ThermoLife International LLC v. Vital Pharmaceuticals Incorporated

Filing 131

ORDER ON MOTION FOR PARTIAL JUDGMENT ON THE PLEADINGS Denying 121 Motion. Signed by Judge Beth Bloom on 11/18/2020. See attached document for full details. (jbs) Modified text on 11/18/2020 (jbs).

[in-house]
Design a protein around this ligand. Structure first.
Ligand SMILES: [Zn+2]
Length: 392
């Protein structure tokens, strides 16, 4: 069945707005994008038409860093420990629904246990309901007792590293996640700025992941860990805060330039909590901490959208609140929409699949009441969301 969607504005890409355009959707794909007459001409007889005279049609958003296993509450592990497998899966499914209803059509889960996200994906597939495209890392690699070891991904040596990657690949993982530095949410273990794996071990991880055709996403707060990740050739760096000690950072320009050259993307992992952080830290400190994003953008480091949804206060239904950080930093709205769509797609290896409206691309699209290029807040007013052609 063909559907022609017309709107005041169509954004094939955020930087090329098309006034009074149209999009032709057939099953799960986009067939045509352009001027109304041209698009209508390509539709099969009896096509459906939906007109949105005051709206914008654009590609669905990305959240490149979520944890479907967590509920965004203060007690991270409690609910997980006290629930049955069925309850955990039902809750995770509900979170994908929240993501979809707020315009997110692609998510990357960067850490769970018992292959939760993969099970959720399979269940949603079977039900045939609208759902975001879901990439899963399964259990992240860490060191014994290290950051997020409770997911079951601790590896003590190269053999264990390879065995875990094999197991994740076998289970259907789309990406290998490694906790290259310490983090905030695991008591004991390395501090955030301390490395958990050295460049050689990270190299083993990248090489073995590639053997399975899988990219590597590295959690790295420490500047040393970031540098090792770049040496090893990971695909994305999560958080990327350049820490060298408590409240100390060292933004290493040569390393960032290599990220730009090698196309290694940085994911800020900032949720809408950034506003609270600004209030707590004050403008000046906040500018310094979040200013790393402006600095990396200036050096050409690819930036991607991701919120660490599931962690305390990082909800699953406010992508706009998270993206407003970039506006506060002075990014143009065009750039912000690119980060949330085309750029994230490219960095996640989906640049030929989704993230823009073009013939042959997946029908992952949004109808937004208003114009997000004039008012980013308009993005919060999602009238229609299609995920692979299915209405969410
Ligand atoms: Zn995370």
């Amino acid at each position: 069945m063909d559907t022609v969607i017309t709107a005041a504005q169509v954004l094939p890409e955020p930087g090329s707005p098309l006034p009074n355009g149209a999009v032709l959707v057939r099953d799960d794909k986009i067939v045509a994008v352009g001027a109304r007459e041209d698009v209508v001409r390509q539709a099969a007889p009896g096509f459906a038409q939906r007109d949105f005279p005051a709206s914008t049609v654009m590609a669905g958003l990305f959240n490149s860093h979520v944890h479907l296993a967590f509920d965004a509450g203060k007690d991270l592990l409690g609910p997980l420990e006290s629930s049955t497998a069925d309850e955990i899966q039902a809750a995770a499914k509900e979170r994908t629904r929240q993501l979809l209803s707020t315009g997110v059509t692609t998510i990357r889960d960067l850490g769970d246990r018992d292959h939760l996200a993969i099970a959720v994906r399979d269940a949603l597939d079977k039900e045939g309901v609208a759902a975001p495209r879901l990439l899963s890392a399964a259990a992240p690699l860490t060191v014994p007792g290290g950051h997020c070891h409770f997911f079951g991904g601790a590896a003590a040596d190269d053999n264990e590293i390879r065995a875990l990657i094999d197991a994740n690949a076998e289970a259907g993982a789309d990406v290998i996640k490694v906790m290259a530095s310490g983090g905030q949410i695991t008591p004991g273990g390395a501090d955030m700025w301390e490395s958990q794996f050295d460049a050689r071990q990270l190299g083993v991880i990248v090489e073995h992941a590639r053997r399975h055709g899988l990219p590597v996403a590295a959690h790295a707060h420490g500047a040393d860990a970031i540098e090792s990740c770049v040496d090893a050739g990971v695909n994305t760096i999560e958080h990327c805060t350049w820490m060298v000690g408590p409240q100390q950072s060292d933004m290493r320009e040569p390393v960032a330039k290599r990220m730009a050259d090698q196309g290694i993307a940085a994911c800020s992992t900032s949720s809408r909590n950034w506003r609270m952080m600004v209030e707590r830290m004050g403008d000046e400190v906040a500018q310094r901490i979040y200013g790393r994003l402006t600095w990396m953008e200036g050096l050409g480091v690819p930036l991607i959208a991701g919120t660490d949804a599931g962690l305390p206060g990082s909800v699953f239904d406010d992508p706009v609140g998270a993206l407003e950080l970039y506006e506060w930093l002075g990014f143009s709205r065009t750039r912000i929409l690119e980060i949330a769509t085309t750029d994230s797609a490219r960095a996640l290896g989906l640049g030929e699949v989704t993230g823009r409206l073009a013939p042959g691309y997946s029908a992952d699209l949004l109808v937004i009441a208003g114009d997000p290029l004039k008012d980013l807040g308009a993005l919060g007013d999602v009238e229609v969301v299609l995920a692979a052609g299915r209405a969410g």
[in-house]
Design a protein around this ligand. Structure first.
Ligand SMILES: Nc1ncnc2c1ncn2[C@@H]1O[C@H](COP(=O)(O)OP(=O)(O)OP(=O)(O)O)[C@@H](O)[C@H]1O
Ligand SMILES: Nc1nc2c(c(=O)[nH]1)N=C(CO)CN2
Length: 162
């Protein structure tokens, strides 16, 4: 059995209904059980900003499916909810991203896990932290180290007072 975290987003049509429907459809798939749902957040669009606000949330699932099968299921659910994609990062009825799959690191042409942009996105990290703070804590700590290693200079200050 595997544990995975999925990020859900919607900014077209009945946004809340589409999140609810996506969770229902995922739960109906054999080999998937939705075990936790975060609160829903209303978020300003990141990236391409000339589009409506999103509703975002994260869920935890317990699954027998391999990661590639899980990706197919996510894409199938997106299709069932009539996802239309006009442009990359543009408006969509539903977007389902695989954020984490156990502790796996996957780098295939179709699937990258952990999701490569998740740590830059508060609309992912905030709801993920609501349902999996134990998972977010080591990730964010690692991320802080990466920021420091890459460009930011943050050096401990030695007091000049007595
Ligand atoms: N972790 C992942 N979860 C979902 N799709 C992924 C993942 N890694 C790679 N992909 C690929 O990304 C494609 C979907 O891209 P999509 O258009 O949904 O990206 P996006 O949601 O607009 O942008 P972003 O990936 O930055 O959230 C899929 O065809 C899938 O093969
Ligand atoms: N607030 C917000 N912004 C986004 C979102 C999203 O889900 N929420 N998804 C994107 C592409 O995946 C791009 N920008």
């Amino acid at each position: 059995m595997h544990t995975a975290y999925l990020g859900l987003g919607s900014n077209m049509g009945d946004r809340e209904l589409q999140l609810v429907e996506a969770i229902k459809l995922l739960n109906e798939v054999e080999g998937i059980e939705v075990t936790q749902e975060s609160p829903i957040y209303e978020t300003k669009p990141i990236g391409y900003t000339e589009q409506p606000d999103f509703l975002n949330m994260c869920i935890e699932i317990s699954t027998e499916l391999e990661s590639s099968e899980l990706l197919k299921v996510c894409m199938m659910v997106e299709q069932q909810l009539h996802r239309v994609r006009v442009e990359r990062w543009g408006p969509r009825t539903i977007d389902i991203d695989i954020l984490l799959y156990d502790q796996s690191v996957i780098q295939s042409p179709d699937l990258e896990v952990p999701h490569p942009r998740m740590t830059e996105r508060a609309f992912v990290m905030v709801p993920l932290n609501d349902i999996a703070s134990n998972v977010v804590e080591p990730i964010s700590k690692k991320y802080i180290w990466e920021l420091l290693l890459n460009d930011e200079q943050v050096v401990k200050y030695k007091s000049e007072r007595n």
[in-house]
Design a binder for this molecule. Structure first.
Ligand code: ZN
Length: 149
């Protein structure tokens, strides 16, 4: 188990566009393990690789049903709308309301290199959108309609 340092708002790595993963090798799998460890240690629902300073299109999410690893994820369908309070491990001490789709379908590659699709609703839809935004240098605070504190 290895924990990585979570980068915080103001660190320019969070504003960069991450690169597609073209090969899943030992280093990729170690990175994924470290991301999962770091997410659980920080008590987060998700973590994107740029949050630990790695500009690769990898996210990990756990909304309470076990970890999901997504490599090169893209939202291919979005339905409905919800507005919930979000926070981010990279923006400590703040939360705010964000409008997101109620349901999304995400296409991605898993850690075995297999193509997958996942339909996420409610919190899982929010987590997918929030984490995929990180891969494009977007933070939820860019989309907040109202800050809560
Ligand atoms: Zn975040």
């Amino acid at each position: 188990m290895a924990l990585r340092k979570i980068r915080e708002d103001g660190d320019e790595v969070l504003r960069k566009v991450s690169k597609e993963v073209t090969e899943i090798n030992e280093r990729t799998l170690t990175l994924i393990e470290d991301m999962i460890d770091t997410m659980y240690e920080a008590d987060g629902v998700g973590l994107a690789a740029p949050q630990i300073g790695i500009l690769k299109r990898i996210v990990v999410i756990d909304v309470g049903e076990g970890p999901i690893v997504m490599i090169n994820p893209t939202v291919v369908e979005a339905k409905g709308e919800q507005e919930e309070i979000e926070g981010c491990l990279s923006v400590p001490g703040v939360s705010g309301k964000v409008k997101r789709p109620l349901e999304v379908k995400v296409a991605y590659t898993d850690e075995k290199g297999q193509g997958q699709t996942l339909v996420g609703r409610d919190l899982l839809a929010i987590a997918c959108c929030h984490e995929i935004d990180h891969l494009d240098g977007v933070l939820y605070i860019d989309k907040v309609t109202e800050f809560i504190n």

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Case 0:19-cv-61380-BB Document 131 Entered on FLSD Docket 11/18/2020 Page 1 of 7 UNITED STATES DISTRICT COURT SOUTHERN DISTRICT OF FLORIDA Case No. 19-cv-61380-BLOOM/Valle THERMOLIFE INTERNATIONAL, LLC, Plaintiff, v. VITAL PHARMACEUTICALS INCORPORATED, Defendant. ___________________________________________/ ORDER ON MOTION FOR PARTIAL JUDGMENT ON THE PLEADINGS THIS CAUSE is before the Court upon Defendant Vital Pharmaceuticals Inc.’s (“Defendant” or “VPX”) Motion for Partial Judgment on the Pleadings, ECF No. [121] (“Motion”). Plaintiff ThermoLife International, LLC (“Plaintiff” or “ThermoLife”) filed a response, ECF No. [121] (“Response”), to which VPX filed a reply, ECF No. [126] (“Reply”). The Court has considered the Motion, the Response and Reply, the record in this case, the applicable law, and is otherwise fully advised. For the reasons that follow, the Motion is denied. I. BACKGROUND The Court assumes the parties’ familiarity with the facts of this case; however, a brief review of the procedural posture is in order. In the Complaint, ECF No. [1], ThermoLife asserts claims against VPX, including violation of section 43(a) of the Lanham Act, 15 U.S.C. § 1125(a) (Count 1), and common law unfair competition (Count 2). See generally ECF No. [1] (“Complaint”). VPX previously sought dismissal of ThermoLife’s claims, arguing that ThermoLife lacked statutory standing to assert its Lanham Act claim, that the Lanham Act claim failed to satisfy Rule 9(b) of the Federal Rules of Civil Procedure, and that the alleged statements Case 0:19-cv-61380-BB Document 131 Entered on FLSD Docket 11/18/2020 Page 2 of 7 Case No. 19-cv-61380-BLOOM/Valle made by VPX were not actionable statements or representations. See ECF No. [73] (“Motion to Dismiss”). Significantly, VPX did not seek dismissal of ThermoLife’s unfair competition claim on separate grounds from the Lanham Act claim. Ultimately, the Court denied VPX’s Motion to Dismiss with respect to Counts 1 and 2 of the Complaint. See ECF No. [82].1 On October 18, 2019, VPX filed an Answer and Affirmative Defenses to the Complaint, and a Counterclaim for trade libel (Count 1) and tortious interference with advantageous business relationships (Count 2). ECF No. [83] (“Counterclaim”). ThermoLife previously sought dismissal of VPX’s Counterclaim, see ECF No. [88], which the Court granted in part. Specifically, the Court dismissed the claims against ThermoLife’s President and Chief Executive Officer and dismissed the claims for tortious interference with advantageous business relationships. See ECF No. [107]. Thereafter, on February 7, 2020, ThermoLife filed its Answer to the Counterclaim. ECF No. [108]. In the Motion currently before the Court, VPX requests judgment upon ThermoLife’s claim for common law unfair competition (Count 2 of the Complaint). II. LEGAL STANDARD “After the pleadings are closed – but early enough not to delay trial – a party may move for judgment on the pleadings.” Fed. R. Civ. P. 12(c). A party may move for judgment on the pleadings if there are no material facts in dispute. See Palmer & Cay, Inc. v. Marsh & McLennan Cos., 404 F.3d 1297, 1303 (11th Cir. 2005); Riccard v. Prudential Ins. Co., 307 F.3d 1277, 1291 (11th Cir. 2002). In rendering judgment, a court may consider the substance of the pleadings and any judicially noticed facts. Cunningham v. Dist. Att’y’s Office for Escambia Cnty., 592 F.3d 1237, 1255 (11th Cir. 2010). “A motion for judgment on the pleadings is governed by the same standard as a Rule 12(b)(6) motion to dismiss.” Guarino v. Wyeth LLC, 823 F. Supp. 2d 1289, 1291 (M.D. The Court granted in part VPX’s Motion to Dismiss and dismissed Count 3 of the Complaint, which sought declaratory relief. See ECF No. [82]. 1 2 Case 0:19-cv-61380-BB Document 131 Entered on FLSD Docket 11/18/2020 Page 3 of 7 Case No. 19-cv-61380-BLOOM/Valle Fla. 2011). As such, a complaint must provide “more than labels and conclusions, and a formulaic recitation of the elements of a cause of action will not do.” Bell Atl. Corp. v. Twombly, 550 U.S. 544, 555 (2007); see Ashcroft v. Iqbal, 556 U.S. 662, 678 (2009) (explaining that Rule 8(a)(2)’s pleading standard “demands more than an unadorned, the-defendant-unlawfully-harmed-me accusation”). Nor can a complaint rest on “‘naked assertion[s]’ devoid of ‘further factual enhancement.’” Iqbal, 556 U.S. at 678 (quoting Twombly, 550 U.S. at 557 (alteration in original)). “To survive a motion to dismiss, a complaint must contain sufficient factual matter, accepted as true, to ‘state a claim to relief that is plausible on its face.’” Id. (quoting Twombly, 550 U.S. at 570). Through this lens, the Court considers the instant Motion. III. DISCUSSION VPX argues that it is entitled to judgment on the pleadings regarding ThermoLife’s common law unfair competition claim because ThermoLife fails to plausibly establish the critical element of direct competition with VPX. ThermoLife responds that the allegations in the Complaint are sufficient to state that the parties’ products are going after the same consumer dollars, the Court previously found ThermoLife’s claim to be adequately pleaded, and VPX’s Motion is essentially a belated request for the Court to reconsider its prior ruling upon VPX’s Motion to Dismiss. At the outset, the Court notes that in ruling upon VPX’s Motion to Dismiss, the Court considered the issues of statutory standing under the Lanham Act, whether a heightened pleading standard applied to the Lanham Act claim, and the sufficiency of the allegations regarding false and misleading statements. See ECF No. [82]. In that Order, the Court specifically noted that VPX had not made separate arguments regarding ThermoLife’s unfair competition claim, and thus, the unfair competition claim survived on the same basis as the Lanham Act claim. See id. at p. 8 n.2. 3 Case 0:19-cv-61380-BB Document 131 Entered on FLSD Docket 11/18/2020 Page 4 of 7 Case No. 19-cv-61380-BLOOM/Valle Accordingly, the Court did not have occasion to review the arguments now asserted in the Motion as to the unfair competition claim. As such, ThermoLife’s characterization of the Motion is not accurate. The Court now considers the sufficiency of the pleading as to ThermoLife’s common law unfair competition claim. In order to prevail on an unfair competition claim, Florida law requires that a plaintiff establish deceptive or fraudulent conduct of a competitor and likelihood of customer confusion. Donald Frederick Evans & Assocs, Inc. v. Cont’l Homes, Inc., 785 F.2d 897, 914 (11th Cir. 1986). “Rather than going to the question of copying in the manufacture of a product, ‘unfair competition goes to the question of marketing’ and the pleading party must allege that it competes with its opponent for a common pool of customers.” Exch. Int’l, Inc. v. Vacation Ownership Relief, LLC, No. 6:10-cv-1273-Orl-35DAB, 2010 WL 4983669, at *4 (M.D. Fla. Oct. 27, 2010) (quoting Third Party Verification, Inc. v. Signaturelink, Inc., 492 F. Supp. 2d 1314, 1325 (M.D. Fla. 2007)). VPX argues that there are no allegations in the Complaint that ThermoLife and VPX are direct competitors, and therefore, ThermoLife’s claim for unfair competition fails as a matter of law. However, the cases cited by VPX in support of its argument are inapposite, or do not hold that parties must be direct competitors. See Burciaga v. Gold Club Tampa, Inc., No. 8:16-cv-790T-27JSS, 2016 WL 9526567, at *7 (Dec. 28, 2016) (unfair competition claim dismissed where plaintiffs, models in California, failed to allege how they competed with the defendant strip club located in Florida); King Ranch, Inc. v. King Ranch Contractors, LLC, No. 6:12-cv-597-Orl37KRS, 2013 U.S. Dist. LEXIS 76777, at *20 (M.D. Fla. Jan. 29, 2013) (noting that the competition requirement requires a showing of “similarity in businesses of the parties.”) (citations omitted); Living Color Enterps., Inc. v. New Era Aquaculture, Ltd., No. 14-62216-CIV, 2015 WL 1526177, at *5 (S.D. Fla. Apr. 3, 2015) (dismissing unfair competition claim where complaint did 4 Case 0:19-cv-61380-BB Document 131 Entered on FLSD Docket 11/18/2020 Page 5 of 7 Case No. 19-cv-61380-BLOOM/Valle not plead defendant was “competitor for a common pool of customers or anything about the pool of customers”); Marks v. Cayo Hueso, Ltd., 437 So. 2d 775, 777 (Fla. 3d DCA 1983) (observing that Florida Statutes, section 495.151 eliminated the common law requirement of showing competition or confusion as to the source of goods or services for a claim for injury to business reputation or trade name dilution); Prac. Mgmt. Assocs., Inc. v. Old Dominion Ins. Co., 601 So. 2d 587, 588 (Fla. 1st DCA 1992) (specifying that unfair competition requires unfairness and competition and “requirement that the offense include an element of rivalry”); Home Design Services, Inc. v. Park Square Enterprises, Inc., No. 6:02-CV-637-ORL28JGG, 2005 WL 1027370, at *14, (M.D. Fla. May 2, 2005) (finding upon summary judgment that unfair competition counterclaim failed because there was no indication that defendant competed with the plaintiff for a common pool of customers); Asokan v. Am. Gen. Life Ins. Co., 302 F. Supp. 3d 1303, 1313 (M.D. Fla. 2017) (granting summary judgment upon unfair competition claim where no facts alleged in the complaint or found in the record to suggest parties competed for a common pool of customers). In fact, King Ranch, Inc., and the authorities cited in it, supports the broader interpretation that competition requires only a showing of similarity in business, and not as narrow a showing of direct competition as VPX argues. See Am. United Life Ins. Co. v. Am. United Ins. Co., 731 F. Supp. 480, 486 (S.D. Fla. 1990) (“The competition requirement has been interpreted by the Florida Supreme Court to require a showing of ‘similarity in businesses of the parties.’” (quoting Sun Coast v. Shupe, 52 So. 2d 805 (Fla. 1951))). ThermoLife responds that the allegations in the Complaint are sufficient, as VPX’s “Super Creatine” competes directly in the dietary supplement market with products containing ThermoLife’s creatine nitrate. In addition, ThermoLife contends that parties need not sell directly competing products to state a claim for unfair competition under Florida law. Upon review, the 5 Case 0:19-cv-61380-BB Document 131 Entered on FLSD Docket 11/18/2020 Page 6 of 7 Case No. 19-cv-61380-BLOOM/Valle Court agrees with Thermolife that the allegations, viewed in the light most favorable to them, are sufficient. Here, the Complaint alleges the following regarding each party’s customers: ThermoLife licenses and sells its patented creatine nitrate for use in Dietary Supplement products. Sourced and licensed from ThermoLife, creatine nitrate and other Amino Acid Nitrates supplied by ThermoLife are included in many of the top-selling Dietary Supplements in the world. [. . .] VPX sells Dietary Supplements to consumers over the internet, . . . [and] VPX’s products are also sold at brick-and-mortar stores across the United States. BANG energy drinks are sold at retail stores such as 7Eleven, gas stations, and other specialty stores throughout the United States. ECF No. [1], ¶¶ 13-14, 16, 21-23. Even though ThermoLife does not allege that it sells its creatine nitrate directly to retail consumers over the internet or in stores, the Complaint does allege that as a result of VPX’s false advertising with respect to “Super Creatine” and creatine nitrate, consumers ultimately choose VPX’s “Super Creatine” product, instead of products containing ThermoLife’s creatine nitrate, which negatively impacts ThermoLife’s business. As such, the Complaint sufficiently alleges that ThermoLife and VPX are competitors in the dietary supplement market, even if they do not compete directly. Moreover, VPX’s reliance upon similar cases in Arizona in arguing that it is entitled to judgment as a matter of law is misplaced. Significantly, in the cases cited by VPX in which the courts dismissed ThermoLife’s unfair competition claims, the defendants did not market their own creatine containing products, as VPX is alleged to in this case. See ThermoLife Int’l LLC v. Am. Fitness Wholesalers LLC, No. CV-18-04189-PHX-JAT, 2019 WL 3840988, at *4 (D. Ariz. Aug. 15, 2019) (Defendant sold and advertised dietary supplements manufactured by third parties on its website); ThermoLife Int’l LLC v. Sparta Nutrition LLC, No. CV-19-01715-PHX-SMB, 2020 WL 6 Case 0:19-cv-61380-BB Document 131 Entered on FLSD Docket 11/18/2020 Page 7 of 7 Case No. 19-cv-61380-BLOOM/Valle 248164, at *2 (D. Ariz. Jan. 16, 2020) (Defendant advertised and sold dietary supplements to consumers and wholesalers through its website).2 In this case, accepting as true the allegations in the Complaint and construed in the light most favorable to ThermoLife, VPX is not entitled to judgment as a matter of law upon the unfair competition claim. IV. CONCLUSION Accordingly, it is ORDERED AND ADJUDGED that VPX’s Motion, ECF No. [121], is DENIED. DONE AND ORDERED in Chambers at Miami, Florida, on November 18, 2020. _________________________________ BETH BLOOM UNITED STATES DISTRICT JUDGE Copies to: Counsel of Record In ThermoLife Int’l LLC v. BPI Sports LLC, No. CV-18-04663-PHX-SPL, 2019 WL 6135140, at *2 (D. Ariz. Nov. 19, 2019), the court dismissed the unfair competition claim because plaintiff failed to allege direct competition or a competitive injury. As the Court has already noted, the element of competition under Florida law requires similarity in the businesses of the parties. Absent authority clearly holding that there must be direct competition, the Court will not so hold based upon a single out-of-district case. 2 7